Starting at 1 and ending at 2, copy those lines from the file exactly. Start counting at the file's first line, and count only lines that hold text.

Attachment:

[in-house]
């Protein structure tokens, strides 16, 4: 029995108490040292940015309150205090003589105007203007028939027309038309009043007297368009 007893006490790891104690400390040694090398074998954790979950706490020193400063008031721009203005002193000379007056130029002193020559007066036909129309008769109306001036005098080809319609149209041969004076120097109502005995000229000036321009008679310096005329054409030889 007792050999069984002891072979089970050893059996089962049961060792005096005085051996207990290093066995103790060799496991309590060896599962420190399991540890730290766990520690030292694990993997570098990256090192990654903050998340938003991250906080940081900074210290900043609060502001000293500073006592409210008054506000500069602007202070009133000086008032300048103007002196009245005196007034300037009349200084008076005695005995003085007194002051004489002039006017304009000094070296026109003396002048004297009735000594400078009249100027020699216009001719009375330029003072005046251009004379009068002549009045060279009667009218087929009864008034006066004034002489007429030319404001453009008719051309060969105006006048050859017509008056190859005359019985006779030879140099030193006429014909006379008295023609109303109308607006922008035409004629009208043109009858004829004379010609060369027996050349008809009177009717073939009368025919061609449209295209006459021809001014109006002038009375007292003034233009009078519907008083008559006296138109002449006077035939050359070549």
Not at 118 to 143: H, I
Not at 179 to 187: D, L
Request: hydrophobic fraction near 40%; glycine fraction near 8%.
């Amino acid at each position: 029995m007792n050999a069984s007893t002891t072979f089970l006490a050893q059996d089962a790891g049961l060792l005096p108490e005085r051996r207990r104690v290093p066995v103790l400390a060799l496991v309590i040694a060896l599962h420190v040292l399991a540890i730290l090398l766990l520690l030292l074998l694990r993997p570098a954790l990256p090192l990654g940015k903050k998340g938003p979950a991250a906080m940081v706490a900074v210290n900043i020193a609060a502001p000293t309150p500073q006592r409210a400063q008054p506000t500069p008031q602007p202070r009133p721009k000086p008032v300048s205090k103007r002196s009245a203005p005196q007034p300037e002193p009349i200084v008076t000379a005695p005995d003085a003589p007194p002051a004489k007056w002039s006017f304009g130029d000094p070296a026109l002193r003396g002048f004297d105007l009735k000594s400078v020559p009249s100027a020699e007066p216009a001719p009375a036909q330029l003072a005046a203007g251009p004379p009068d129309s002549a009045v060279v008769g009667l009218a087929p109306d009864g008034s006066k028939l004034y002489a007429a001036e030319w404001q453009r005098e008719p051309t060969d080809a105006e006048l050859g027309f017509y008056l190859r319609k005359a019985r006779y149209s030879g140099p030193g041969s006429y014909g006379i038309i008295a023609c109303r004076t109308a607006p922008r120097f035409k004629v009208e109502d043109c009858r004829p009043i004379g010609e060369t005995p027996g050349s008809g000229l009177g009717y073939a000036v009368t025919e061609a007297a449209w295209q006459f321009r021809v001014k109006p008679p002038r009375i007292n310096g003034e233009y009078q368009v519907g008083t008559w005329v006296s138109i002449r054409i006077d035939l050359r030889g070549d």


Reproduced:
[in-house]
């Protein structure tokens, strides 16, 4: 029995108490040292940015309150205090003589105007203007028939027309038309009043007297368009 007893006490790891104690400390040694090398074998954790979950706490020193400063008031721009203005002193000379007056130029002193020559007066036909129309008769109306001036005098080809319609149209041969004076120097109502005995000229000036321009008679310096005329054409030889 007792050999069984002891072979089970050893059996089962049961060792005096005085051996207990290093066995103790060799496991309590060896599962420190399991540890730290766990520690030292694990993997570098990256090192990654903050998340938003991250906080940081900074210290900043609060502001000293500073006592409210008054506000500069602007202070009133000086008032300048103007002196009245005196007034300037009349200084008076005695005995003085007194002051004489002039006017304009000094070296026109003396002048004297009735000594400078009249100027020699216009001719009375330029003072005046251009004379009068002549009045060279009667009218087929009864008034006066004034002489007429030319404001453009008719051309060969105006006048050859017509008056190859005359019985006779030879140099030193006429014909006379008295023609109303109308607006922008035409004629009208043109009858004829004379010609060369027996050349008809009177009717073939009368025919061609449209295209006459021809001014109006002038009375007292003034233009009078519907008083008559006296138109002449006077035939050359070549």